New York Times (1/26, A1, Gall, 1.12M) reports a "dangerous rift...has grown between Afghans and the United States forces trying to roll back widening Taliban control of the countryside." The Times adds that "with every case of civilian casualties or mistaken killings, the anger that Afghans feel toward the government and foreign forces deepens and makes residents less likely to help American forces, Afghan officials warn. Meanwhile, American forces are reluctant to share information about future military raids with local officials, fearing that it will be passed on to the Taliban."

Afghanistan Wants Greater Control Over NATO Actions.Under the headline "Why Afghanistan May Be Obama's Toughest Foreign Challenge,"
McClatchy (1/24, Landay) examines the Afghan government's demand for "a share of control over the 30,000 strong, NATO-led security force" there that the government outlined in a Jan. 10 plan. McClatchy said it has a copy of the plan, which "would give the Afghan government authority to approve an increase in International Security Assistance Force troops" and "also would limit home searches or detention of Afghans to Afghan forces and require coordination of 'all phases of' NATO ground and air operations 'at the highest possible level.'" McClatchy added that "the deteriorating relationship between Afghan President Hamid Karzai and his foreign allies, however, is only one of myriad obstacles that Obama and his just-named special envoy, Richard Holbrooke, are confronting in Afghanistan."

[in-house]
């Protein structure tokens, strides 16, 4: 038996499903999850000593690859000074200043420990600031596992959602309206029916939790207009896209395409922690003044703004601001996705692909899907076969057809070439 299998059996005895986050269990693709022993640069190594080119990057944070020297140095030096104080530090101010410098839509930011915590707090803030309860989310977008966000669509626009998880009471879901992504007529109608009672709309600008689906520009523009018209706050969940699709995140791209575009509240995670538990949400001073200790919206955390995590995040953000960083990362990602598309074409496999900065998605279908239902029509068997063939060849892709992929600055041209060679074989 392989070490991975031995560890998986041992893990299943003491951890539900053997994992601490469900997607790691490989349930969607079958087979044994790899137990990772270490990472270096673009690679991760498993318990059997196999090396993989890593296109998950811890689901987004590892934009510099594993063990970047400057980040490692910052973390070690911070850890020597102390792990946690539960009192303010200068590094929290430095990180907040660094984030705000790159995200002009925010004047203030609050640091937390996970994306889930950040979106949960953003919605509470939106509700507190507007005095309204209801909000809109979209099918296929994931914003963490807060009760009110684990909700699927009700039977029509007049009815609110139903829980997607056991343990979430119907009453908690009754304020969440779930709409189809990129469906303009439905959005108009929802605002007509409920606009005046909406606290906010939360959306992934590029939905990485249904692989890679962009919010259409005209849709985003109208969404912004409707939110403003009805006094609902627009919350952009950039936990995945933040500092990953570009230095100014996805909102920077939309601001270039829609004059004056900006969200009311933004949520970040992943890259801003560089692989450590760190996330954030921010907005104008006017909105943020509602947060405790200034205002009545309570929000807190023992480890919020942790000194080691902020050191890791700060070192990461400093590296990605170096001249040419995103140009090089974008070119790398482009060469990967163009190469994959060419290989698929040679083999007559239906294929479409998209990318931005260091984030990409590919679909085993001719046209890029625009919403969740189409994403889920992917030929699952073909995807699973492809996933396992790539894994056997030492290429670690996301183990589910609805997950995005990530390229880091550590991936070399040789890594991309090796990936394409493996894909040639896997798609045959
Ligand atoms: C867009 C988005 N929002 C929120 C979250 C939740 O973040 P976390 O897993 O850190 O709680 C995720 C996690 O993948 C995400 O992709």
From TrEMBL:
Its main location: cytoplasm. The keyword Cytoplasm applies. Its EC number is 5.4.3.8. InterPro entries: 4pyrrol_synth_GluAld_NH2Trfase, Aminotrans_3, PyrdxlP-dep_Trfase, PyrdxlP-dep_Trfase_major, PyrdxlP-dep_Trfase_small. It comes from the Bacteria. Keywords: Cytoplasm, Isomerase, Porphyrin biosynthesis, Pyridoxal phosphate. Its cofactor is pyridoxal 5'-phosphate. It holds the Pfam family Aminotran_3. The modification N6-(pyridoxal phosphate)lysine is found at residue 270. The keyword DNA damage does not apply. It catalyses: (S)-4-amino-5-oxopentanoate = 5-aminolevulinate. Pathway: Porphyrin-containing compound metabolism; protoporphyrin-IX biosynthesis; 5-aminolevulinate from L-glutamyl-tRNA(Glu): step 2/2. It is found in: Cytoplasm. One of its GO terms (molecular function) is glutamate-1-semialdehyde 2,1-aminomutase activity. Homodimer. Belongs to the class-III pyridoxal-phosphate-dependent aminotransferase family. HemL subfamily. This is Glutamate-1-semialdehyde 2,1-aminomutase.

State Department Welcomes Russian Promise For Afghan Help. According to the
AP(1/23), Russian President Dmitry Medvedev "said Friday that Moscow is ready to help stabilize the situation in Afghanistan by allowing the United States and others to cross Russian territory with cargo intended for coalition forces in the war-wracked nation." He also indicated that Russia would help with "international efforts to combat drug-trafficking and terrorism in Afghanistan." In his visit Friday to Uzbekistan, "Medvedev voiced hope that Barack Obama's administration will do better than its predecessors in stabilizing Afghanistan." The AP notes that State Department spokesman Robert Wood "welcomed Medvedev's comments."

Obama, Clinton Said To Face Challenges In Afghanistan. On the front of its Week In Review section, the
New York Times (1/25, WK1, Cooper, 1.12M) examines Afghanistan, the "graveyard of empires," and how the Obama Administration and Secretary of State Hillary Clinton face challenges there that have vexed other countries "since Alexander the Great." The story of Afghanistan is "always the same story; the invaders - British, Soviets - control the cities, but not the countryside. And eventually, the invaders don't even control the cities, and are sent packing." The Times notes said for President Obama, Afghanistan "is the signal foreign policy crisis that he must address quickly."